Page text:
1795 crop returns

What are the crop returns of 1795?

Following an apparently poor harvest and prompted by concerns about the nation’s ability to feed its people due to the scarcity and cost of wheat, in November 1795 a Select Committee of Parliament wrote to the Lords Lieutenants of all counties seeking details of the state of the recent harvest. In Leicestershire, a form was drawn up by the county magistrates, printed and given to the High Constables of the hundreds, who were asked to visit the parishes in their division to collect information about the crops harvested in 1795, 1794 and ‘any year preceding 1794’. By January 1796 they had obtained this information from 342 parishes and liberties.

(The hundred was an administrative area. If you are not sure which hundred your parish fell within, you can look this up quickly online.)

What will the returns tell me?

Crop return, Leire

The 1795 crop return for Leire. Courtesy of The Record Office for Leicestershire, Leicester and Rutland, QS 28/161.

Parliament was not specific about the information it required, and therefore the details collected varied widely from county to county. Some replies quoted the amount of grain harvested by weight or volume, while others chose only to mention the number of acres; some returns drew comparisons with the previous year’s crop or the last two years, while some compared the yield with an average or ‘fair’ crop. We are fortunate in Leicestershire, for the county magistrates requested details of acreages and yields for 1795 and two preceding years. The returns for all of Framland, around half of Sparkenhoe and about a quarter of the parishes in Guthlaxton hundred have survived. The details are recorded on a farm-by-farm basis against the name of each farmer (but do not give the name or the precise location of each farm). A few farmers refused to cooperate, but such instances appear to have been rare. The veracity of the figures is impossible to assess, but the 1795 figures are likely to be more accurate than those for the preceding years, which would have been reliant on the memory of each individual farmer and the farmer’s record keeping. As the question was only about arable crops, the records give no indication of the size of each farm, or the proportion of land that was arable, but by quoting the acreage sown and the yield for each crop, it is possible to identify those farmers with the best soils or the most efficient practices, as well as those who had little arable land. The figures do not include arable land left fallow as part of a crop rotation, and rarely mention arable crops other than grain, beans and peas.

The list of farmers can be compared with contemporary land tax returns, which will identify whether each farmer was an owner or tenant, and will also give an indication of farm size (by the amount of tax paid, although they won’t give the acreage). That can give you an idea of the approximate proportion of arable and pasture land in each farm.

The yields quoted in the 1795 Leicestershire returns are generally given in quarters (a unit of volume – a quarter was 8 bushels, and a bushel was 8 gallons). Average yields in this period were held by contemporary agriculturalists to be 3-4 quarters per acre for wheat and 4-6 quarters per acre for barley or oats, but varied between farms and from year to year according to soil type and weather conditions. The wheat crop was particularly poor for 1795, and therefore a lower yield can be expected, and it was also a poor year for rye, although little rye was grown in the county, as it requires a light sandy soil to thrive. In contrast, the yield for barley and oats across the country in 1795 was reported to parliament as being nearly double that of 1794 and one-fifth greater than an ‘average’ year, so yields of 6 quarters an acre would not be unusual.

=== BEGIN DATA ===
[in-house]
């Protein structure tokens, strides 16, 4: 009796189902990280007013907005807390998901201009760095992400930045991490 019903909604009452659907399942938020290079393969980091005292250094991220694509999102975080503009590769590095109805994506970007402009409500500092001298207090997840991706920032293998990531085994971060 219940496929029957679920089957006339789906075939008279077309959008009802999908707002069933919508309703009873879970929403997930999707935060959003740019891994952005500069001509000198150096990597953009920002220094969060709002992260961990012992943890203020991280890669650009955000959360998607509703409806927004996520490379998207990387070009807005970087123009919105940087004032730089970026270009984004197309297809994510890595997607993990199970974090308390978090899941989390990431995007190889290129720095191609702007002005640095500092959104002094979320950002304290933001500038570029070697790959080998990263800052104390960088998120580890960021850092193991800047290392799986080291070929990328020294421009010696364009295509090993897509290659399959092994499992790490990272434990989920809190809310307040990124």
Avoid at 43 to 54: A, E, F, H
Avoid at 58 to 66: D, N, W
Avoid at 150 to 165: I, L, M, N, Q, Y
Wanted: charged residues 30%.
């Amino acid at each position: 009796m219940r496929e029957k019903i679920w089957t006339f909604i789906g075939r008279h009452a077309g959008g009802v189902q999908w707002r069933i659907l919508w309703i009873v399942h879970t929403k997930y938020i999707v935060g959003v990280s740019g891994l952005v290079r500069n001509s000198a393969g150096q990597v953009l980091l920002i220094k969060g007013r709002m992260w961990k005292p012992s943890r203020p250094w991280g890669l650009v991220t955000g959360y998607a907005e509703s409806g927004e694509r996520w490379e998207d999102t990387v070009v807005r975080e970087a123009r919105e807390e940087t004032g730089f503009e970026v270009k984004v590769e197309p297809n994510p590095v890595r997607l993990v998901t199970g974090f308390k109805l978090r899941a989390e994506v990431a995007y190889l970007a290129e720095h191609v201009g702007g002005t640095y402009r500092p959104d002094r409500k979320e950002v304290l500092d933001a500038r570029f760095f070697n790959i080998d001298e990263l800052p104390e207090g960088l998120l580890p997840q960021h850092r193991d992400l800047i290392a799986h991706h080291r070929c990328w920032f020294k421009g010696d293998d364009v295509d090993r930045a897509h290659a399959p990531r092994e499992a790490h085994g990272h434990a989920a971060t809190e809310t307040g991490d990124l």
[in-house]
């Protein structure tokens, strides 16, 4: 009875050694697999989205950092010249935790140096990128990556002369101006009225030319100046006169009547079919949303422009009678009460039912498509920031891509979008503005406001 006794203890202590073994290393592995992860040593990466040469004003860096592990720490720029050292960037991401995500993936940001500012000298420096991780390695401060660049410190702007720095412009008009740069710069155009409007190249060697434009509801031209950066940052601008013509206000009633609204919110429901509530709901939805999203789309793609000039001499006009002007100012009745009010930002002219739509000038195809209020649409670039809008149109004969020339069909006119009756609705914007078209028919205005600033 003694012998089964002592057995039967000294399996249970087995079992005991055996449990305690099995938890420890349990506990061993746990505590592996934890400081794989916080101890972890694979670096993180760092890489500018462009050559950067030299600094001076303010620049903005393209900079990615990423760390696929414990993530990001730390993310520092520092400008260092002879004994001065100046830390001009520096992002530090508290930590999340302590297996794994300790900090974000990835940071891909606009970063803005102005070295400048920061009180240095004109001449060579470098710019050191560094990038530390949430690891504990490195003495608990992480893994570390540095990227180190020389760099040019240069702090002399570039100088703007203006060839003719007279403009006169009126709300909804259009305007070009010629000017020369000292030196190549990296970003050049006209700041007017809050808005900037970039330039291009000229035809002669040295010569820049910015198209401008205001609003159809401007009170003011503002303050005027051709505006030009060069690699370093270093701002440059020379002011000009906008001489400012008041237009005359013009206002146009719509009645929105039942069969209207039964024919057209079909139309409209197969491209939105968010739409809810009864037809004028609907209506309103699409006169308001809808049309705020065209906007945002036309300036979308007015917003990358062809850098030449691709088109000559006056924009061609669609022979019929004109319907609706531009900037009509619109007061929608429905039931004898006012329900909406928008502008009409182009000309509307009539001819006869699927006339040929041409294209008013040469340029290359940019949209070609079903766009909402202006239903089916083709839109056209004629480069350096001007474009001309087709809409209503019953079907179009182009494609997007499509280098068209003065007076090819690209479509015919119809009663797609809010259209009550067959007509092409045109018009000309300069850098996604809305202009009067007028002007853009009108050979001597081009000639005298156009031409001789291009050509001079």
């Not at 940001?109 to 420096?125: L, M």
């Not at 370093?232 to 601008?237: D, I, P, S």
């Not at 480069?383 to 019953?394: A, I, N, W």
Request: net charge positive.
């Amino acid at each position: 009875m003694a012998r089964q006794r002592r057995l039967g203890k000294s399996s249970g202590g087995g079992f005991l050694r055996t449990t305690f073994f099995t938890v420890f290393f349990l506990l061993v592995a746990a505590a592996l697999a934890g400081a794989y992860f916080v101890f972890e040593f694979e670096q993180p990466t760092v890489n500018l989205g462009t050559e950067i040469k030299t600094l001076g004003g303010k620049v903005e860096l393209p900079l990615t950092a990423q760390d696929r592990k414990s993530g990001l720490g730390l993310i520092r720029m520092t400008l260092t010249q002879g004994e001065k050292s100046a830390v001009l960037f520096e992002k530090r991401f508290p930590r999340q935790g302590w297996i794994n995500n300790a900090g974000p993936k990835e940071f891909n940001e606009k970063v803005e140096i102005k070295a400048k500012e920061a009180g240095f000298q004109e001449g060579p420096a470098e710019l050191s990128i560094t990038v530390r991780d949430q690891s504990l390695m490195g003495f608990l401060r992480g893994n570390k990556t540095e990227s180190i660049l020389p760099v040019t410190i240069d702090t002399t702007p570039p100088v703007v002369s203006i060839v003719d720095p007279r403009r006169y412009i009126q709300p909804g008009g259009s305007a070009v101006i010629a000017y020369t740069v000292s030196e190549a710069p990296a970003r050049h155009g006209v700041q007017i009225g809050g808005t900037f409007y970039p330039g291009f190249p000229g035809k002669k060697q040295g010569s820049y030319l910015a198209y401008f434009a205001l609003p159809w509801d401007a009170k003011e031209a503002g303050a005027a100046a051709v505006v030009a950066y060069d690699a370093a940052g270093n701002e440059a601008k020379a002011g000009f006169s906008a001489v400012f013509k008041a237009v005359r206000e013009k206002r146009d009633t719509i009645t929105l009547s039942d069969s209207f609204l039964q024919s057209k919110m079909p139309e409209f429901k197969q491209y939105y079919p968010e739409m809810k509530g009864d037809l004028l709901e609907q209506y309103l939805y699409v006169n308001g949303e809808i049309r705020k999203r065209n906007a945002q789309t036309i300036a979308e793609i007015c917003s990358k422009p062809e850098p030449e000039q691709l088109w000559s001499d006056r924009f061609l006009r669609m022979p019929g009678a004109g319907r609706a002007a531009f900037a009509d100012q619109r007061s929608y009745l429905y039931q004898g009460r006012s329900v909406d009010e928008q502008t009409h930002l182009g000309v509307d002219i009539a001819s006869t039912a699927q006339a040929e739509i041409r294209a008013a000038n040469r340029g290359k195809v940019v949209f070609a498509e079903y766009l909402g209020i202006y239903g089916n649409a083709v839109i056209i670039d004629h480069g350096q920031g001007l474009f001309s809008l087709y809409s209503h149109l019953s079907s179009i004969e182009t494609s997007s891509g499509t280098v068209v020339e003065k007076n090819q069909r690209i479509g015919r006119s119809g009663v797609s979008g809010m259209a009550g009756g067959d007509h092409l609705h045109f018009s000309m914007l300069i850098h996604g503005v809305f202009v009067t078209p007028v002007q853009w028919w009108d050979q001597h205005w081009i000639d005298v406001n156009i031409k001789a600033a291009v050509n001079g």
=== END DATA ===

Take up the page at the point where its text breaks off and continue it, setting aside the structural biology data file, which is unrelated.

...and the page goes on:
Where can I find them?

The county copies of these returns are withinthe county quarter sessions papers held at the Record Office for Leicestershire, Leicester and Rutland. The quarter sessions catalogue lists by parish the returns that have survived (catalogue references QS 28/1-164). The Land Tax returns are also held within the quarter sessions papers (QS 62) and can be viewed on microfilm (the microfilm reference numbers for each parish are listed in the green microfilm catalogue binders).


The table below shows two of the eleven farms producing grain that were recorded in Leire in 1795:

Grower Wheat Barley Oats Beans
acres quarters acres quarters acres quarters acres quarters
John Mason








Francis Eaglesfield








Total for parish










Leire was largely a pastoral parish, with just 138 acres of arable in total held between the eleven farms which grew crops. The two farms shown above were among the largest arable producers in the parish, and one might therefore expect them both to be on the better soils within the parish, but the differences in yields are striking. John Mason and Francis Eaglesfield harvested the same quantity of wheat, although Mason had planted only seven acres against Eaglesfield’s ten. Eaglesfield’s yields are also noticeably lower for barley and oats. Were the soils so very different, or was Mason simply more efficient? The annual land tax returns hold a clue. Mason owned no land in the parish, but rented from four owners and paid a total of £9 16s. 11 1/2 d tax, suggesting a large farm. Eaglesfield owned all his land, but it was just a fraction of the size of Mason’s farm, as the total amount he paid in tax was just 9s. 6d. While Mason’s farm must have been mostly pasture, the scale of his landholding would have required a professional approach, and perhaps the landlord of his arable land, or Mason himself, had invested in drainage to improve the heavy clay soil.

Return to Farming in Leicestershire, from 1790

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